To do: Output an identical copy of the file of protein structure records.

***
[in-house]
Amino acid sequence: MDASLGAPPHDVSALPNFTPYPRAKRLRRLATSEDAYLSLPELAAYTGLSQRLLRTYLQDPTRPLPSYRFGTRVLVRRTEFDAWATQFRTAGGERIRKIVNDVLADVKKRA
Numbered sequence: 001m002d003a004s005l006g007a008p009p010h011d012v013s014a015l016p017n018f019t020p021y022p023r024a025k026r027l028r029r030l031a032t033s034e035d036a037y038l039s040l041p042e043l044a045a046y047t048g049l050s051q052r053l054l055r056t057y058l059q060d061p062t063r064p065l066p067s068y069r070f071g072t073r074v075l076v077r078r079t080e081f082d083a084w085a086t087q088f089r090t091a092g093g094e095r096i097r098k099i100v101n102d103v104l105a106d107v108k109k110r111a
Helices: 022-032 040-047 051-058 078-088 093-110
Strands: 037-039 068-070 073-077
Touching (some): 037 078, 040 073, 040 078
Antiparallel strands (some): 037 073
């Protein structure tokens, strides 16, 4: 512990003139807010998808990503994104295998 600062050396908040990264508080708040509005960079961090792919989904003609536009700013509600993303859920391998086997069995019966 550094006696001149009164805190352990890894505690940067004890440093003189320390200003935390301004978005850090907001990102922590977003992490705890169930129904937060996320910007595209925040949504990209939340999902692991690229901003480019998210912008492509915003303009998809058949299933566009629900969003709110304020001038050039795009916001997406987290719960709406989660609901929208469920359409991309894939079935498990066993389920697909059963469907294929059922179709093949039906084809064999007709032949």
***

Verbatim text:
[in-house]
Amino acid sequence: MDASLGAPPHDVSALPNFTPYPRAKRLRRLATSEDAYLSLPELAAYTGLSQRLLRTYLQDPTRPLPSYRFGTRVLVRRTEFDAWATQFRTAGGERIRKIVNDVLADVKKRA
Numbered sequence: 001m002d003a004s005l006g007a008p009p010h011d012v013s014a015l016p017n018f019t020p021y022p023r024a025k026r027l028r029r030l031a032t033s034e035d036a037y038l039s040l041p042e043l044a045a046y047t048g049l050s051q052r053l054l055r056t057y058l059q060d061p062t063r064p065l066p067s068y069r070f071g072t073r074v075l076v077r078r079t080e081f082d083a084w085a086t087q088f089r090t091a092g093g094e095r096i097r098k099i100v101n102d103v104l105a106d107v108k109k110r111a
Helices: 022-032 040-047 051-058 078-088 093-110
Strands: 037-039 068-070 073-077
Touching (some): 037 078, 040 073, 040 078
Antiparallel strands (some): 037 073
């Protein structure tokens, strides 16, 4: 512990003139807010998808990503994104295998 600062050396908040990264508080708040509005960079961090792919989904003609536009700013509600993303859920391998086997069995019966 550094006696001149009164805190352990890894505690940067004890440093003189320390200003935390301004978005850090907001990102922590977003992490705890169930129904937060996320910007595209925040949504990209939340999902692991690229901003480019998210912008492509915003303009998809058949299933566009629900969003709110304020001038050039795009916001997406987290719960709406989660609901929208469920359409991309894939079935498990066993389920697909059963469907294929059922179709093949039906084809064999007709032949």